The Battle of Flodden. The marriage of the Princess Margaret, the sister of Henry VIII., with James IV. of Scotland, did not insure peace between the two countries. In the year 1513, King Henry having led his forces into France, James IV. seized the opportunity of marching into England at the head of a numerous and well-appointed army. This was encountered by an English army equally numerous and well-appointed, and more skilfully commanded by the earl of Surrey, in the memorable battle of Flodden Field. On that occasion the citizens of York raised 500 men, whom they sent to battle under the command of Sir John Mandeville. The old ballad of Flodden Field, in describing the gathering of the English army says:-
"Next went Sir Ninian Markinfil, In armour coat of cunning work; And next went Sir John Mandeville, With him the citizens of York."
In this battle, James IV., king of Scotland, Henry's brother-in-law-law, was slain. His body was conveyed to York, and there exposed to public view till Henry's return from France, when it was presented to him at Richmond, near London.

The Walls of York under the Tudors. We have a good account of the walls of York, as they existed in the time of the Tudor sovereigns, in Leland's "Itinerary," published in the reign of King Henry VIII. In describing the city of York he says that it "standeth on the west and east banks of the river Ouse," running through it, but that the part that lies on the east side of the river is twice as great, in building, as the other. The course of the wall from the Ouse, on the east part of the city of York, was as follows at that time:-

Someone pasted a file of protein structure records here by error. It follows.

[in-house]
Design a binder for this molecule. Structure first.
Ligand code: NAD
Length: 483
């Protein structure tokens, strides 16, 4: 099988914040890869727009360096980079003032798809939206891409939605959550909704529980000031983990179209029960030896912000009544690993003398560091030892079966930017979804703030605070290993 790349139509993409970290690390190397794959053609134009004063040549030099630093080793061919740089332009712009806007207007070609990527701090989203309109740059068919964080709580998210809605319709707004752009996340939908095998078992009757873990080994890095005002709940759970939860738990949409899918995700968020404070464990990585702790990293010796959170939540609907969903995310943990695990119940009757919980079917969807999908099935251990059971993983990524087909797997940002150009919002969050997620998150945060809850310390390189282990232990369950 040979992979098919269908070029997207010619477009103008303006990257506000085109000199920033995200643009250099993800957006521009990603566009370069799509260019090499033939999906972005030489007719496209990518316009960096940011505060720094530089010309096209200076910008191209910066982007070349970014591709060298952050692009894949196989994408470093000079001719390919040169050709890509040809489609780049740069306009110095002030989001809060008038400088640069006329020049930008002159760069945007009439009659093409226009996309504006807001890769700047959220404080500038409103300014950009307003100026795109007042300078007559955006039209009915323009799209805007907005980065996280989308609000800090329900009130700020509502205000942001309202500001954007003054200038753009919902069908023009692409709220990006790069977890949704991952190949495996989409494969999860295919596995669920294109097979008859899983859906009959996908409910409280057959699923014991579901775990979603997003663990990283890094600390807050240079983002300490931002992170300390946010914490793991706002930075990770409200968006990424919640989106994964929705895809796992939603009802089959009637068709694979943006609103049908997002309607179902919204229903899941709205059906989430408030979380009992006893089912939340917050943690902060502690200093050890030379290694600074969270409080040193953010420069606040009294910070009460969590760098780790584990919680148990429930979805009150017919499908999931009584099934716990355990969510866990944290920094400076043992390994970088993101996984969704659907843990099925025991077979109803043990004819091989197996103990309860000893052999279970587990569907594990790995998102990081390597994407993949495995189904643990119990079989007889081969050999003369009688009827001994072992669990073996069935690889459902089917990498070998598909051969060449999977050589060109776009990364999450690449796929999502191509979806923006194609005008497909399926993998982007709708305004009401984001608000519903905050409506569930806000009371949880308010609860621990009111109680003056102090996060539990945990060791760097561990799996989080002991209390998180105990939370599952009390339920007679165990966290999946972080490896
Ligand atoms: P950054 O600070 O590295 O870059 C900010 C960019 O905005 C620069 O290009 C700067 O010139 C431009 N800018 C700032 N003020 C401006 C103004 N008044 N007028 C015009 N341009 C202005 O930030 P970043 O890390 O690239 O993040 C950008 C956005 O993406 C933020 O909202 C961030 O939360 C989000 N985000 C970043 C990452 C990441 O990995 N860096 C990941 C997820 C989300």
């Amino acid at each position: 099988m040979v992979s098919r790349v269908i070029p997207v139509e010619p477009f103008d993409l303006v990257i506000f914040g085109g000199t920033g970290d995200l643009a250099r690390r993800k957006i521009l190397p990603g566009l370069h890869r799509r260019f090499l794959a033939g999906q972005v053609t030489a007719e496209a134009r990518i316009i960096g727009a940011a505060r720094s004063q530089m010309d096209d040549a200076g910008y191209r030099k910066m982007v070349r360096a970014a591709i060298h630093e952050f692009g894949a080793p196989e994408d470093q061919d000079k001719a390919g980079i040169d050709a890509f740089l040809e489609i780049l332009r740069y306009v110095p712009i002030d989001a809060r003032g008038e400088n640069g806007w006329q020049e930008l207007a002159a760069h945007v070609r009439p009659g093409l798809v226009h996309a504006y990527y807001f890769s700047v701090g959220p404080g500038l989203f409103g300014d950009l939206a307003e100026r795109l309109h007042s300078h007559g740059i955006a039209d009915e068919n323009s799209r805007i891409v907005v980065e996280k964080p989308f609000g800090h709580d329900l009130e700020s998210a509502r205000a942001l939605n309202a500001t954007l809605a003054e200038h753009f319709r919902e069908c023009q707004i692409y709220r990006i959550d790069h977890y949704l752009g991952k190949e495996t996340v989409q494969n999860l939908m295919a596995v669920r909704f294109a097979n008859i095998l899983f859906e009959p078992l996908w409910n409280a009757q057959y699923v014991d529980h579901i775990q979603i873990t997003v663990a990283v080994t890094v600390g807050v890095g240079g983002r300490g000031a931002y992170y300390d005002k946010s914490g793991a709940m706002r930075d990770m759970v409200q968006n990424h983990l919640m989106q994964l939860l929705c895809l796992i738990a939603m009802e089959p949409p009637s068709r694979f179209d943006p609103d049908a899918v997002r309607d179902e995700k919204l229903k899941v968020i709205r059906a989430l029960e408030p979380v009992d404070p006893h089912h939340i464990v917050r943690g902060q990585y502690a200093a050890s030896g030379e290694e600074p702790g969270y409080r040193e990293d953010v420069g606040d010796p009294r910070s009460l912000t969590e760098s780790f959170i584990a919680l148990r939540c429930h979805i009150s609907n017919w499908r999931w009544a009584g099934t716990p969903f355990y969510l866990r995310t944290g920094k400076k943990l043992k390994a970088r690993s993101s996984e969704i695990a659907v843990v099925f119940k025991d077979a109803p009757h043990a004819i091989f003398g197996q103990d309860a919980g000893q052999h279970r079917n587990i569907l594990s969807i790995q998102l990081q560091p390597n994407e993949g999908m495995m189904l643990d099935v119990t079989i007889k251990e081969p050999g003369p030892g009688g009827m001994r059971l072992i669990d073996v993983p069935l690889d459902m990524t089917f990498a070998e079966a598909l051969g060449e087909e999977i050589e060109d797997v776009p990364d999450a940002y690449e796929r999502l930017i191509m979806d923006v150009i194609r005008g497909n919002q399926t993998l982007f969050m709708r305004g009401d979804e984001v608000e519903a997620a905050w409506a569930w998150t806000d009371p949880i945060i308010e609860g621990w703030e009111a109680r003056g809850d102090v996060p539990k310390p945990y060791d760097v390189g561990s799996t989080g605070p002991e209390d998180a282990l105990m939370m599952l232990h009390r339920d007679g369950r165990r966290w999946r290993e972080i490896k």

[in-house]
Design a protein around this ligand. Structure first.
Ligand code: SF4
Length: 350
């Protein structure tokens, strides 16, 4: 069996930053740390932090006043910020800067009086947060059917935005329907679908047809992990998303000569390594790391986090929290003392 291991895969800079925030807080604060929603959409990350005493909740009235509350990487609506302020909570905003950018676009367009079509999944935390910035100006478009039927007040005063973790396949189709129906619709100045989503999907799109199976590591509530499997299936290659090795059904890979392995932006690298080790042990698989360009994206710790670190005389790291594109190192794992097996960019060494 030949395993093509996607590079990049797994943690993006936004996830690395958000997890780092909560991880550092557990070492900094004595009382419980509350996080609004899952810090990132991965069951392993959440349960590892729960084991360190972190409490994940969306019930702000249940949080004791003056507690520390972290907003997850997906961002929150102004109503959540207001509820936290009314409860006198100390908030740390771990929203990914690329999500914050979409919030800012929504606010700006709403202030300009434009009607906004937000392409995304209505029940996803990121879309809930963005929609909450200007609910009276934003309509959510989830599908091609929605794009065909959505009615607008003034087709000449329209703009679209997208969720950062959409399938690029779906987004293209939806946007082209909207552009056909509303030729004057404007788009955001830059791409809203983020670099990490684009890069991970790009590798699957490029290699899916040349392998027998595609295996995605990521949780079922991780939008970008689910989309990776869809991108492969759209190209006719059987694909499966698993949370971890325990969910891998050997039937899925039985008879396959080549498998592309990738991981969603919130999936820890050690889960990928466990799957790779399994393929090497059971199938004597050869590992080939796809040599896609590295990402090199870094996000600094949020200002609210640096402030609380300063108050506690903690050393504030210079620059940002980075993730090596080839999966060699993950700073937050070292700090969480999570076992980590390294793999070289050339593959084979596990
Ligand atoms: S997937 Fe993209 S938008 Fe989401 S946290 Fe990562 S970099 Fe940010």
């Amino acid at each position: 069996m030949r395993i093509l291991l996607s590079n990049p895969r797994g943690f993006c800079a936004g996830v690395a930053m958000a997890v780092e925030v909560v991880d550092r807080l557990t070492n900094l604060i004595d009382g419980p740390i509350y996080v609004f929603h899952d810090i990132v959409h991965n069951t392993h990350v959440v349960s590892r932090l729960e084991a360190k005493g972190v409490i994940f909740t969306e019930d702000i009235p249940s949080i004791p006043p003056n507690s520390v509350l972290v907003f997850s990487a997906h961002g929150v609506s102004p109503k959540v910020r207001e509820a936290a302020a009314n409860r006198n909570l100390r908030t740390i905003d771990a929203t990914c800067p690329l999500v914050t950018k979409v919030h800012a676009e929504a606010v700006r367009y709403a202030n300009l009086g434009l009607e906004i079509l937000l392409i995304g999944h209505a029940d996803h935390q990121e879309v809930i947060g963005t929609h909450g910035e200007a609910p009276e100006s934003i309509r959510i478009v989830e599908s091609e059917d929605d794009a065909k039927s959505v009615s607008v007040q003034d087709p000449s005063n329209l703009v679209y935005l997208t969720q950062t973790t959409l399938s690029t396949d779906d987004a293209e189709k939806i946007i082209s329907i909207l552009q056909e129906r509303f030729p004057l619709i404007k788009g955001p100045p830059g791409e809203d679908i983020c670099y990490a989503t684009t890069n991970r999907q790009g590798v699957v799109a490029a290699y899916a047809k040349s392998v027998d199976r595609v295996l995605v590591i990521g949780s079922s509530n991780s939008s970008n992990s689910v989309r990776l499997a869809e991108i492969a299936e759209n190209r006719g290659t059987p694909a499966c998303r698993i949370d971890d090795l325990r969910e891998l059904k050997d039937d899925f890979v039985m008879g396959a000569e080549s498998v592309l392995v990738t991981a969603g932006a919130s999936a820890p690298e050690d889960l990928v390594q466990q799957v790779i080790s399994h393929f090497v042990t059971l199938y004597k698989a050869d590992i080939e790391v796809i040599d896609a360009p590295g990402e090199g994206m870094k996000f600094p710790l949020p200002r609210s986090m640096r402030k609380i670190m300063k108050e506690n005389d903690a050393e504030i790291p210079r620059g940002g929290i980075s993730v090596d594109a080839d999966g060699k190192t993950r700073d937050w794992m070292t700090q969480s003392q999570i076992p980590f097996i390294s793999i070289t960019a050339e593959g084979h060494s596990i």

First, there was a great tower, with a chain of iron to cast over the Ouse, and stop the navigation in time of war. Then there was another tower, and so the wall ran on to Bootham Gate. From Bootham Gate to Goodram Gate, of Bar, there were ten towers. Thence there were four towers to Laythorpe, a postern gate, and so by the space of a two flight shotts (arrow shots), "the blind and deep water of Fosse coming out of the forest of Galtres, defendeth this part of the city without walls." Then to Walmgate were three towers; and thence to Fisher Gate, "stopped up since the commons of York burnt it, in the reign of King Henry VII." Thence to the bank of Fosse there were three towers, and in the three a postern; and thence over Fosse, by a bridge, to the castle.